Squamous Cell Carcinoma, Cutaneous
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- Squamous cell carcinoma (SCC) is a malignant epithelial tumor arising from epidermal keratinocytes. Cutaneous (nonmucous membrane) SCC is the second most common form of skin cancer.
- Lesions most frequently occur on sun-exposed sites of elderly, fair-skinned individuals. Most SCCs arise in actinic keratoses (solar keratoses). SCCs that develop from actinic keratoses are slow-growing, minimally invasive, and unaggressive. Thus, the prognosis of an SCC arising from an actinic keratosis is usually excellent because distant metastases are extremely rare.
- An SCC may also appear de novo without a preceding actinic keratosis or emerge from a preexisting human papillomavirus (HPV) infection (verrucous carcinoma).
- SCCs may develop from causes other than sun exposure such as within an old burn scar or on sites previously exposed to ionizing radiation.
- Metastases are more likely to occur in thicker tumors >6-mm deep (1). Other risk factors for metastases include lesions that arise on the ears, the vermilion border of the lips, or on mucous membranes. An SCC located on sites that received ionizing radiation on the skin of organ transplant recipients, in chronic inflammatory lesions (e.g., discoid lupus erythematosus), in long-standing scars or cutaneous ulcers (e.g., venous stasis ulcers), or other nonhealing wounds, also have an increased rate of metastasis.
- System(s) affected: skin/exocrine
- Synonym(s): squamous cell carcinoma of the skin; epidermoid carcinoma; prickle cell carcinoma
- Predominant age: elderly population
- Predominant sex: males > females
- In the United States, >700,000 new cases each year
- The escalating incidence in the United States is due to an increase in sun exposure in the general population, aging of the population, earlier and more frequent diagnosis of SCC, and the increase of immunosuppressed patients.
- The incidence is highest in Australia and in the Sun Belt of the United States.
Bowen disease (SCC in situ) and frank SCC are two of the few skin cancers that should be considered in African Americans. Such non–sun-related SCCs tend to arise on the extremities de novo, in an old scar, or in a lesion of discoid lupus erythematosus.
Etiology and Pathophysiology
- Exact mechanisms are not established; however, SCC is thought to arise from a multistep process that begins with a single mutated keratinocyte.
- UV radiation damages skin cell nucleic acids (DNA), resulting in a mutant clone of the tumor suppressor gene p53. This leads to an uncontrolled growth of skin cells containing a mutated p53 gene. Additional mutations in genes controlling cellular proliferation and/or death lead to squamous cell dysplasia, which then progresses to SCC in situ and later invasive SCC that has the potential for metastasis.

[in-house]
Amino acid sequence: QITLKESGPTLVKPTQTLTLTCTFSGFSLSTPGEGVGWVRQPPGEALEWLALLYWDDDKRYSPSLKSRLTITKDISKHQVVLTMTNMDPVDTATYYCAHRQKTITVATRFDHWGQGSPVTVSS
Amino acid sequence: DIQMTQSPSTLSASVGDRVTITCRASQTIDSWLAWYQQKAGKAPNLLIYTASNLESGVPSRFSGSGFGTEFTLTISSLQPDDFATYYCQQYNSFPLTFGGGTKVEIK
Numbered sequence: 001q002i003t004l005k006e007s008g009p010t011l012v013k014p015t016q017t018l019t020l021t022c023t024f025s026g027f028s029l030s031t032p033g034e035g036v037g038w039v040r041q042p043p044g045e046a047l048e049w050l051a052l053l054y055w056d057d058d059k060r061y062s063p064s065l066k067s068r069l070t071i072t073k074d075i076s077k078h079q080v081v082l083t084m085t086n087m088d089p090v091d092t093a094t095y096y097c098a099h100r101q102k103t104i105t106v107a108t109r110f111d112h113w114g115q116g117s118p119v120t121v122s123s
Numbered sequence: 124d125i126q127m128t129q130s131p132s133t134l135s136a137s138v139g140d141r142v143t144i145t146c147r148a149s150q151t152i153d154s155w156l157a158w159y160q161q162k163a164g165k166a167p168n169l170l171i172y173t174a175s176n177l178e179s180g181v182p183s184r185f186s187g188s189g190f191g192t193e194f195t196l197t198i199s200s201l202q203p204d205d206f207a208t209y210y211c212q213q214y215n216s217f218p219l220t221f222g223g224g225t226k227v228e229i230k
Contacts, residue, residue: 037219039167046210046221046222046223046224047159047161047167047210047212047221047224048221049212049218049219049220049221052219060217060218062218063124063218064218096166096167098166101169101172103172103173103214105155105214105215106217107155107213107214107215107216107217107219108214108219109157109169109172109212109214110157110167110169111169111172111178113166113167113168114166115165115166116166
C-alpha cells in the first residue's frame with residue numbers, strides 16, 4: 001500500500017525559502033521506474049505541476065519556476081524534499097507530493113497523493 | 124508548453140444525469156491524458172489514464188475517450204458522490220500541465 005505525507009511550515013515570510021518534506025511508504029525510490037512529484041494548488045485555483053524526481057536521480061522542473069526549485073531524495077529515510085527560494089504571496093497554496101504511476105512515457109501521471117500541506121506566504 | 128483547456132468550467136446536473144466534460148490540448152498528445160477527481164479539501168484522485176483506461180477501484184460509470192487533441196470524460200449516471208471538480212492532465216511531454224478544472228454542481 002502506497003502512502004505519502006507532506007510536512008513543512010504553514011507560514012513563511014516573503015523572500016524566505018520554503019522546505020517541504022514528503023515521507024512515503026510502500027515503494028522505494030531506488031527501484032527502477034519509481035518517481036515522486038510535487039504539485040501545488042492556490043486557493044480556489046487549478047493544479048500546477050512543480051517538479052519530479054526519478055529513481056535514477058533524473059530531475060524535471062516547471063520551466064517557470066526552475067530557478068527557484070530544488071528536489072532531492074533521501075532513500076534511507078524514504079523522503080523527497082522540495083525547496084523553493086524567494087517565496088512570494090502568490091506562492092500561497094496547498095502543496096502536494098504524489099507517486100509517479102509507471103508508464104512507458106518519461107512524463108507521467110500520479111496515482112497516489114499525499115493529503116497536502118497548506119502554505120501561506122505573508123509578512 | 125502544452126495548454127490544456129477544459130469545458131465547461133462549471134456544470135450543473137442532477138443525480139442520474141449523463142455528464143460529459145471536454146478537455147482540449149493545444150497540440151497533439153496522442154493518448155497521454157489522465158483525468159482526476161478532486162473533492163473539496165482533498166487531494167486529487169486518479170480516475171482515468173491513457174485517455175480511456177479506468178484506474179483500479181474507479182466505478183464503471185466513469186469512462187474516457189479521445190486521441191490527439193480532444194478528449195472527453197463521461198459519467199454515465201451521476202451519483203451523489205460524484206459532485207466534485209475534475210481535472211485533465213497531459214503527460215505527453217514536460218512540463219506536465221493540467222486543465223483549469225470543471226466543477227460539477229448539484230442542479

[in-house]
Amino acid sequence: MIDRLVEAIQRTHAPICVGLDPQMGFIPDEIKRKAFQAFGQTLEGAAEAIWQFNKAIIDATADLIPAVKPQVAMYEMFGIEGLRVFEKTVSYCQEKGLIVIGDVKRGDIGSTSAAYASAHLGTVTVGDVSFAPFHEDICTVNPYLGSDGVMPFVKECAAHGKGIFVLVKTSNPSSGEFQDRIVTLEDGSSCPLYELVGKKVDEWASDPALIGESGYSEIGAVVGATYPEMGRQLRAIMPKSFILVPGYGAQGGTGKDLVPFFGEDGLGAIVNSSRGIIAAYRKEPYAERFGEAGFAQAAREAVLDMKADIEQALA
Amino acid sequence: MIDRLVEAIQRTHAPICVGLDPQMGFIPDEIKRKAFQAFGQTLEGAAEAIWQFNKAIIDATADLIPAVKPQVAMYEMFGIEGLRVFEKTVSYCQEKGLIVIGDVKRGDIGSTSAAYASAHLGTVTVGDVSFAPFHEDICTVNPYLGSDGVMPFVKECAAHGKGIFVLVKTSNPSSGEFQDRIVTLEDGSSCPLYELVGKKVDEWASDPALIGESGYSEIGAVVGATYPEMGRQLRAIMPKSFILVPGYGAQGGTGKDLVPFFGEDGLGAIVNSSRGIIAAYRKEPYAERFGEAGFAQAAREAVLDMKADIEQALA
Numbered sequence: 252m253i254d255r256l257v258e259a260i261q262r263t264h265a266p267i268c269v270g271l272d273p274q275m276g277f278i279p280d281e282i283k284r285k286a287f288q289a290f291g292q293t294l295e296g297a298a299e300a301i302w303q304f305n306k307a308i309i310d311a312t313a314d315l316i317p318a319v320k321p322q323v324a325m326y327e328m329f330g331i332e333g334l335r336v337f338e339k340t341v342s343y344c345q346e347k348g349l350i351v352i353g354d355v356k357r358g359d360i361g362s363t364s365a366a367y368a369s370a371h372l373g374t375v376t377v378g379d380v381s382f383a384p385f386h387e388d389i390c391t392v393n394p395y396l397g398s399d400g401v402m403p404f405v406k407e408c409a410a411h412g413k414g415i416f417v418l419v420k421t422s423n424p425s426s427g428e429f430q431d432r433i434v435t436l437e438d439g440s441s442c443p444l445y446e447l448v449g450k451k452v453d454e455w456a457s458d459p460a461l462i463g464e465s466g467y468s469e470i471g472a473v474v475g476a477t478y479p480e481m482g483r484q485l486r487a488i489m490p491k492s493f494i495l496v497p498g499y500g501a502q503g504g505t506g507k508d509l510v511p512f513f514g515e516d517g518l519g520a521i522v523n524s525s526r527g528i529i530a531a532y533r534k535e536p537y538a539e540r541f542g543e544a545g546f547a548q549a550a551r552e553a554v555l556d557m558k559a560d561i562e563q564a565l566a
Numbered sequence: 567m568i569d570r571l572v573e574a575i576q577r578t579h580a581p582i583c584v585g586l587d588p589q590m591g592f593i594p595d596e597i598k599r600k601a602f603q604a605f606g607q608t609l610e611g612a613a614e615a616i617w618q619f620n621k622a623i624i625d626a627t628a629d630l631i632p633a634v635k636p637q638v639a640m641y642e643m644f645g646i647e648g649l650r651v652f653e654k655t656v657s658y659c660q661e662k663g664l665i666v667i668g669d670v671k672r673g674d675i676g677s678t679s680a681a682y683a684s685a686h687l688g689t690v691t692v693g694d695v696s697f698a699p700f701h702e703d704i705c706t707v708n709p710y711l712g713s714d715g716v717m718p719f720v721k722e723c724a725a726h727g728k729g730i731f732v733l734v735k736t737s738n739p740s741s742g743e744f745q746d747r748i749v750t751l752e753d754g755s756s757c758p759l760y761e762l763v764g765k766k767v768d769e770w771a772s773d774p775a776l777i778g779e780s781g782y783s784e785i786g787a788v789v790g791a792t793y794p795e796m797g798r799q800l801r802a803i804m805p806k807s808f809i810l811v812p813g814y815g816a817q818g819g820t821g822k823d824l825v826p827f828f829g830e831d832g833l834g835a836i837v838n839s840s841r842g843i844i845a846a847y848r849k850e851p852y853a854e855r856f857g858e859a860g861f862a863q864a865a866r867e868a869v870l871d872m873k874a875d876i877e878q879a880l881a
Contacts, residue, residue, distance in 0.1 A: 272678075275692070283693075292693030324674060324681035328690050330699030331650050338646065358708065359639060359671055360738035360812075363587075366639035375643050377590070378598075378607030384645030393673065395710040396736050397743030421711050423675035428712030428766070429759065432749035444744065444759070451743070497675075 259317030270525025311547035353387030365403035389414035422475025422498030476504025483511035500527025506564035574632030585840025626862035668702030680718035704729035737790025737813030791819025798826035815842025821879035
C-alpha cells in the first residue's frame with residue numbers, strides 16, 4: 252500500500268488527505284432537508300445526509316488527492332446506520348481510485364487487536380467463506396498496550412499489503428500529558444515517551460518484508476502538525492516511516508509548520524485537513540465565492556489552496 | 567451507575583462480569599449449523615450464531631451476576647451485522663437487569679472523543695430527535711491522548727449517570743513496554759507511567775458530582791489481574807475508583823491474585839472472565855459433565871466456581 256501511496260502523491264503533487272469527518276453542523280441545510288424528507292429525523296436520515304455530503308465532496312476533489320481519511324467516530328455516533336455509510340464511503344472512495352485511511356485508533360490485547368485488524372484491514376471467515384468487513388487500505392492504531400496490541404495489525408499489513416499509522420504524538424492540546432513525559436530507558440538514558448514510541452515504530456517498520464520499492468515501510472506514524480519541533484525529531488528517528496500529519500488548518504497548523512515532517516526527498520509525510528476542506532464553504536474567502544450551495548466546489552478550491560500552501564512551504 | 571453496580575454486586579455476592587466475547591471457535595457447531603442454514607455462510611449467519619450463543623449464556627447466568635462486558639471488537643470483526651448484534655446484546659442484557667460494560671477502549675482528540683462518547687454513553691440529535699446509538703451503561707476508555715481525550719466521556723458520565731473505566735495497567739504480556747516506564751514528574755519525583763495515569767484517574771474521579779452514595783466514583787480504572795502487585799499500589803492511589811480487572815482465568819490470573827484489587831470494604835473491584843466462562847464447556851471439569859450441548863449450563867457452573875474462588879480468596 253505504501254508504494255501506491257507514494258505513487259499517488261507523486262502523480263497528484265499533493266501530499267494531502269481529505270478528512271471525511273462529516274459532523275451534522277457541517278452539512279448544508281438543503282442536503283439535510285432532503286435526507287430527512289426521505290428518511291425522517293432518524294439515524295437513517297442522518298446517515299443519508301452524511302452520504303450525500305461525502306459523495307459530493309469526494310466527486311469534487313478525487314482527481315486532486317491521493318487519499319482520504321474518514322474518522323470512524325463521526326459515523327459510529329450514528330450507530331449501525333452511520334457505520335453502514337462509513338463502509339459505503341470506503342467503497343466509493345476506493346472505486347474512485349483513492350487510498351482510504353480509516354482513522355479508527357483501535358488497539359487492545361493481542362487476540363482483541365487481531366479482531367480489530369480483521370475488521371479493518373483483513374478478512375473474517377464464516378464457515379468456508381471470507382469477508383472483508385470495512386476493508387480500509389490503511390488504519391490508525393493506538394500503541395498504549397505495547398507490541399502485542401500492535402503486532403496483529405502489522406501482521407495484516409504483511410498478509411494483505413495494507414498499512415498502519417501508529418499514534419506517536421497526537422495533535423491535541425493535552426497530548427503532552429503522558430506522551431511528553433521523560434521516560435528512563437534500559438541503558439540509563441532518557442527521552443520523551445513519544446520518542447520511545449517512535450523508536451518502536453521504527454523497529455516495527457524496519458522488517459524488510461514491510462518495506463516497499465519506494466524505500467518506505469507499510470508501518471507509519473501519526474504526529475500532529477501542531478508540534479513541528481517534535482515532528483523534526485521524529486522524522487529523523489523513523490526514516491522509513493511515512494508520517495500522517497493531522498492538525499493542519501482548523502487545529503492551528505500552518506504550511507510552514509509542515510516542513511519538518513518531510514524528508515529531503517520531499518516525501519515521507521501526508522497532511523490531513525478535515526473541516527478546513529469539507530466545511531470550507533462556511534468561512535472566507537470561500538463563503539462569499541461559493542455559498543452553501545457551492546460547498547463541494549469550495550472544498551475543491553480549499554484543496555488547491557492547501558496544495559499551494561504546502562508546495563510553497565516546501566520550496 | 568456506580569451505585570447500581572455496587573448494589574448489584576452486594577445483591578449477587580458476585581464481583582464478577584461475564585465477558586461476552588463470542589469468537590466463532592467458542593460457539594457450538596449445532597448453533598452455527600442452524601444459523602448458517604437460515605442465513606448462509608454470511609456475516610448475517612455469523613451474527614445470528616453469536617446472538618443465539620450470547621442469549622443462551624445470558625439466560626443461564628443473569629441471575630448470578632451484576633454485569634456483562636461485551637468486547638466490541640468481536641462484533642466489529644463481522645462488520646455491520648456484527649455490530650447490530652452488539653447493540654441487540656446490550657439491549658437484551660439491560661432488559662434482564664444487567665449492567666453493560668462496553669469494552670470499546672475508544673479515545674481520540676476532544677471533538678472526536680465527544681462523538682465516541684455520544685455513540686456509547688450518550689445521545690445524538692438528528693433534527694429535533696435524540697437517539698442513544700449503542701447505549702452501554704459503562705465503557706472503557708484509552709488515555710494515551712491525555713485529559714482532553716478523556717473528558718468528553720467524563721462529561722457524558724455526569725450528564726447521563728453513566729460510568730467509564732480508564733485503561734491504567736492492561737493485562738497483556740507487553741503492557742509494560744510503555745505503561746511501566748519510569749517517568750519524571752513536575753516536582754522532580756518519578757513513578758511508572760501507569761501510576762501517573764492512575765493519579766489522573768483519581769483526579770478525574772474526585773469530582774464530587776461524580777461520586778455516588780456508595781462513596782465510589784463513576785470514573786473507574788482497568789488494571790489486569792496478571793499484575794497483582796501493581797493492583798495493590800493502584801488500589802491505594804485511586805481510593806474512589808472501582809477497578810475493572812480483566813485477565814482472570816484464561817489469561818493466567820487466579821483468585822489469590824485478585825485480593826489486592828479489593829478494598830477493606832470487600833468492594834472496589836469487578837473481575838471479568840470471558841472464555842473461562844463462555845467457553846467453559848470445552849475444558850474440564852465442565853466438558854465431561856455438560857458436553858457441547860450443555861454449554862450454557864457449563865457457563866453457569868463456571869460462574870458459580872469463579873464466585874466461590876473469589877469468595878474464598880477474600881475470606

- Cumulative UV radiation (including tanning salons, and psoralen-UV-A [PUVA] phototherapy) over a lifetime is the major etiologic factor in SCC (2)[A].
- A high prevalence of HPV DNA from SCC tissue has been noted in immunocompromised as well as immunocompetent specimens of SCC tissue (3).
- Other causative agents: ionizing radiation exposure, inorganic arsenic exposure, coal tar, and other oil derivatives
- Immunosuppression by medications or disease such as HIV/AIDS
- Persons of Irish or Scottish ancestry have the highest prevalence of SCC.
- Caucasians with the red hair/fair skin phenotype (associated with certain variant alleles of the human melanocortin-1 receptor [MC1R]) are predisposed to SCC.
- SCC is rare in people of African and Asian descent, although it is the most common form of skin cancer in these populations.
- Older age
- Male sex: However, incidence is increasing in females due to lifestyle changes (e.g., suntan parlors, shorter dresses).
- Chronic sun exposure: SCC is noted more frequently in those with a greater degree of outdoor activity (e.g., farmers, sailors, gardeners).
- Patients with multiple actinic keratoses
- Personal or family history of skin cancer
- Northern European descent
- Fair complexion, fair hair, light eyes
- Poor tanning ability, with tendency to burn
- Organ transplant recipients, chronic immunosuppression (especially azathioprine, voriconazole, or sirolimus) (4)
- Exposure to chemical carcinogens (e.g., arsenic, tar) or ionizing radiation
- Therapeutic UV and ionizing radiation exposure
- Defects in cell-mediated immunity related to lymphoproliferative disorders (chronic lymphocytic leukemia [CLL], lymphoma)
- HPV infection
- Chronic scarring and inflammatory conditions
- Specific genodermatoses (e.g., xeroderma pigmentosum, oculocutaneous albinism, and dystrophic epidermolysis bullosa)
Sun-avoidance measures: sunscreens, hats, clothing, and sunglasses with UV protection; tinted windshields and side windows in cars; sun-protective garments
Commonly Associated Conditions
- Some investigators consider an actinic keratosis to be an early SCC, although relatively few ultimately are found to develop into an SCC.
- Actinic cheilitis and leukoplakia of the mucous membranes of the lips
- Cutaneous horn (see following discussion)
- Xeroderma pigmentosum albinism
- Chronic skin ulcers, preexisting scars, burns